Onimusha 3: Demon Siege
Nobunaga Oda has ordered the Genma to create a hole in time and invade the modern world but the instability of the hole transports Samanosuke, the Onimusha, to modern day Paris, just in time to save Jacques Blanc from some Genma. Right after the battle, the time hole opens again and takes Jacques to ancient Japan, 10 days before Samanosuke is to battle Nobunaga.
Now we’ve got two heroes in timelines they’re not accustomed with, having to stop the forces of evil and find their way back home to their own time period.
In short, that’s the storyline of Onimusha 3: Demon Siege and I won’t tell you any more of it as the game has a very compelling storyline and it would be a shame to give you any more spoilers.
Graphically, Onimusha 3 may not be of the likes of ICO, but it’s one of the best games I’ve seen yet on a PS2. The way the characters are portrayed is magnificent and both Samanosuke and Jacques are very well modelled. Especially the figure of Jean Reno has been re-created terrificly. If we would have one negative comment on the graphics, it would be that the Genma look at bit square and could use a bit more detail.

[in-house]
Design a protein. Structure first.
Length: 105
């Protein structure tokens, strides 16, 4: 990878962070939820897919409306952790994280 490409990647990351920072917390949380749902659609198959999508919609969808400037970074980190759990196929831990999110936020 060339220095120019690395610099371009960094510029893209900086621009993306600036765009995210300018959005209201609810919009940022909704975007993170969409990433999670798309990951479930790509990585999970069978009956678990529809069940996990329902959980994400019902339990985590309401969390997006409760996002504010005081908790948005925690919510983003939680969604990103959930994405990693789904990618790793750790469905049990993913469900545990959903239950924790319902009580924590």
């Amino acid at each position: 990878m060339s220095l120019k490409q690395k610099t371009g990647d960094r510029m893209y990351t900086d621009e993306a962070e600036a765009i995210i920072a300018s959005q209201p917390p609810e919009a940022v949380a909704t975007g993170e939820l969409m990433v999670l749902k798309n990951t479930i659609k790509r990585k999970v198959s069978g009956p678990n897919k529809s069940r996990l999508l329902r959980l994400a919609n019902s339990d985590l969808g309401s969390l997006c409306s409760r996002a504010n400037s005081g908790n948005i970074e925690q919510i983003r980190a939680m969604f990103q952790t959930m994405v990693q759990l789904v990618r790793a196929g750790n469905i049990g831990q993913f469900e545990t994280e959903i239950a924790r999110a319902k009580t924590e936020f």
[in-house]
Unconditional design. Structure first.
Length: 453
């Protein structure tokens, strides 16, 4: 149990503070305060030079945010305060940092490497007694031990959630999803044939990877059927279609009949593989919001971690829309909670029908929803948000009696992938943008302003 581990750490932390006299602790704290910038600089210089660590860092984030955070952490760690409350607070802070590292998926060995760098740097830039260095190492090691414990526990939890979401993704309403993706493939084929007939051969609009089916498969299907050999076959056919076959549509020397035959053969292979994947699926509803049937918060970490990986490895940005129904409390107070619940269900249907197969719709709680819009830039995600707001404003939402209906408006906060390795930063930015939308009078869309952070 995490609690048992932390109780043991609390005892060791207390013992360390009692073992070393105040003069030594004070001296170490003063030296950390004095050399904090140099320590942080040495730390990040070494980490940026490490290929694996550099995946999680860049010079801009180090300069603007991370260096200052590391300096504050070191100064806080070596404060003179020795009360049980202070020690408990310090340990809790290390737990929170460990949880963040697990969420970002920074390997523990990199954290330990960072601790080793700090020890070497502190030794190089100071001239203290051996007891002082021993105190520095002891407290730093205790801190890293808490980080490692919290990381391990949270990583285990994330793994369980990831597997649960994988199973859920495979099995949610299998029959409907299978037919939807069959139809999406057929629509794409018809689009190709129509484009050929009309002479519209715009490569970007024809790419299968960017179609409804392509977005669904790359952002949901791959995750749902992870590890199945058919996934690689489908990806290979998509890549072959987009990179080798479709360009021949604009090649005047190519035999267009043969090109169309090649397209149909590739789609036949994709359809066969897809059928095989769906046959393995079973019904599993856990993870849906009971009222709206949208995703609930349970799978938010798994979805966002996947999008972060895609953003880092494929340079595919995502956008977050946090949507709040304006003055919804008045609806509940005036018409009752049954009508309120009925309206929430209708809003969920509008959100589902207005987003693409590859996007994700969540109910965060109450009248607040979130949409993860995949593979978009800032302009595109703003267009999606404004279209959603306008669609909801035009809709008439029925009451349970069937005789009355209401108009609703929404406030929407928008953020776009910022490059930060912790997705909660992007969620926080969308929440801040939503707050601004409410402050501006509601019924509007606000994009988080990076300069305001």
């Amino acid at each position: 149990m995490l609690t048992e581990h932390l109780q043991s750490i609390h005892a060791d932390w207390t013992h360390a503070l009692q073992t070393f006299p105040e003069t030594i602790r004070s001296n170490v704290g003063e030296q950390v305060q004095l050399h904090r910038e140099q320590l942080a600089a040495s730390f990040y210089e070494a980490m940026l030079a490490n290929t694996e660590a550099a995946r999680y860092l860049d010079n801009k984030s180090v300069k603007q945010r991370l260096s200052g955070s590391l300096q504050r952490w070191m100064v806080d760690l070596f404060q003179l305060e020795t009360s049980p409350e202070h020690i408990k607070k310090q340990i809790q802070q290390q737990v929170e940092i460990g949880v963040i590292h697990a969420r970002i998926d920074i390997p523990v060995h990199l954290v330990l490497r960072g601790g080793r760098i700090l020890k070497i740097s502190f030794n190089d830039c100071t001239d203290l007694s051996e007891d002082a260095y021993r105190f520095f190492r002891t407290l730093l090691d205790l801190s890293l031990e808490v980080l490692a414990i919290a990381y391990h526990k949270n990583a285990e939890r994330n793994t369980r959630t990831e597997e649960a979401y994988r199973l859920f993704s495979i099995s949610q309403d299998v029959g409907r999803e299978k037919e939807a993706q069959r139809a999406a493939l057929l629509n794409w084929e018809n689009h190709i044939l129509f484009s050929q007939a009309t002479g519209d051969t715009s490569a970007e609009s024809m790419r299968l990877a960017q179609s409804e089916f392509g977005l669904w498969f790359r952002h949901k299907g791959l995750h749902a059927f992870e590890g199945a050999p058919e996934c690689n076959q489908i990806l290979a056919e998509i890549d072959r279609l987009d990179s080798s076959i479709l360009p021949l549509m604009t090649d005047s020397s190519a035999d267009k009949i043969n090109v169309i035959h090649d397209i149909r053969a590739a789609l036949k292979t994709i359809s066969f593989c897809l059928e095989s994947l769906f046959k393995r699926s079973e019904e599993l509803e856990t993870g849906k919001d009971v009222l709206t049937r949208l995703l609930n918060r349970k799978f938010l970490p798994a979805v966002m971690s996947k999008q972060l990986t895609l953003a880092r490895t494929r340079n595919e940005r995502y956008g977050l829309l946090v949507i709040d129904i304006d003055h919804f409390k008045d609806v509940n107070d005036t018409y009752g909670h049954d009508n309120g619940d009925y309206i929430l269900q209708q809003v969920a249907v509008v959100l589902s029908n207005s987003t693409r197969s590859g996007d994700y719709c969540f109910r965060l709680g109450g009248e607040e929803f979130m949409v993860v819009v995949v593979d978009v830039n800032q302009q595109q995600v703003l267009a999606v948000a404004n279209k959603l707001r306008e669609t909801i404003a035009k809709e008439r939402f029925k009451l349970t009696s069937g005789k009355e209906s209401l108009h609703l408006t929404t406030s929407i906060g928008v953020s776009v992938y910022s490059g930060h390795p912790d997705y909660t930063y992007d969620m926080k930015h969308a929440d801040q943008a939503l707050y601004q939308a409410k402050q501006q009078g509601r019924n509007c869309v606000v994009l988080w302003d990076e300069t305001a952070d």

During the game you’ll get varied battle scenes and cut-scenes that lay out the storyline. The way this is set up in Onimusha 3 is perfect and urges you to continue playing. You won’t get bored nor want to skip the movie scenes as they’re well-done and fit perfectly.
The controls are extremely easy and you’ll get used to them very quickly. In fact, next to real fight games like Tekken, Onimusha has the easiest controls I’ve ever seen on a PS2.
The soundtrack fits in nicely with the game and although it never becomes remarkable, it doesn’t start to bore.
The RPG-elements are nicely worked out. Throughout the game you can collect different items like herbs and salves to increase your health but also new weapons and armor to help you fight the Genma.
Also, every Genma that you kill will give energy that you can use to increase your health or skills.
A minor downpoint is the fact that you can’t save whenever you want but only at specific points where there is some kind of magic “mirror”. Next to saving you can also train your character or enhance it in different ways at these points. You can upgrade your armor or weapons, increase your ability to defend, etc etc.
Freedom is not an option in Onimusha 3. You’ll have to follow a pre-set path to progress in the game. Luckily, if you go back to a place where you’ve been before, new Genma will appear to keep you occupied so it won’t become boring. The fact that you can’t wander around freely doesn’t really both either as the game’s setup is in such a way that you’ll feel the urge to continue in the storyline to find out what exactly is happening and won’t have the need to explore much.
It’s been a while since I’ve played a console game that could really dive me into a storyline and have me coming back for more but Onimusha 3 succeeds very well in this part. There’s a big difference with the previous Onimusha games with the complete 3D world but it works out extremely well and I completely adore it !
Onimusha 3 is the best Action-RPG on a console I’ve seen in a long time. Get it. Now !